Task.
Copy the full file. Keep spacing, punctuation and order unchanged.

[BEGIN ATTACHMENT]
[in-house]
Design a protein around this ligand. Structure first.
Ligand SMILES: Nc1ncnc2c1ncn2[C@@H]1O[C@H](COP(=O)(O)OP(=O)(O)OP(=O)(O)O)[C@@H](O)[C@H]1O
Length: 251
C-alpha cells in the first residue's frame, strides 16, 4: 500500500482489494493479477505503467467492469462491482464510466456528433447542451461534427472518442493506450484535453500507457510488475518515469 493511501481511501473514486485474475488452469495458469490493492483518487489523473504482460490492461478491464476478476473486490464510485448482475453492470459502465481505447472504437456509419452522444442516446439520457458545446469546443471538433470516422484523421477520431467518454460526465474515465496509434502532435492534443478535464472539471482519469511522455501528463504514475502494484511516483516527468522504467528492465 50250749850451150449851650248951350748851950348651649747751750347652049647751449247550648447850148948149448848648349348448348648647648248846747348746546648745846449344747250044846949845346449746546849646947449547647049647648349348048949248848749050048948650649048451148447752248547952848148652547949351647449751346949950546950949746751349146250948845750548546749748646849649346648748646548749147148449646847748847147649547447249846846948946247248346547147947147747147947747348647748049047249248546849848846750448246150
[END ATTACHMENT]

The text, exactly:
[in-house]
Design a protein around this ligand. Structure first.
Ligand SMILES: Nc1ncnc2c1ncn2[C@@H]1O[C@H](COP(=O)(O)OP(=O)(O)OP(=O)(O)O)[C@@H](O)[C@H]1O
Length: 251
C-alpha cells in the first residue's frame, strides 16, 4: 500500500482489494493479477505503467467492469462491482464510466456528433447542451461534427472518442493506450484535453500507457510488475518515469 493511501481511501473514486485474475488452469495458469490493492483518487489523473504482460490492461478491464476478476473486490464510485448482475453492470459502465481505447472504437456509419452522444442516446439520457458545446469546443471538433470516422484523421477520431467518454460526465474515465496509434502532435492534443478535464472539471482519469511522455501528463504514475502494484511516483516527468522504467528492465 50250749850451150449851650248951350748851950348651649747751750347652049647751449247550648447850148948149448848648349348448348648647648248846747348746546648745846449344747250044846949845346449746546849646947449547647049647648349348048949248848749050048948650649048451148447752248547952848148652547949351647449751346949950546950949746751349146250948845750548546749748646849649346648748646548749147148449646847748847147649547447249846846948946247248346547147947147747147947747348647748049047249248546849848846750448246150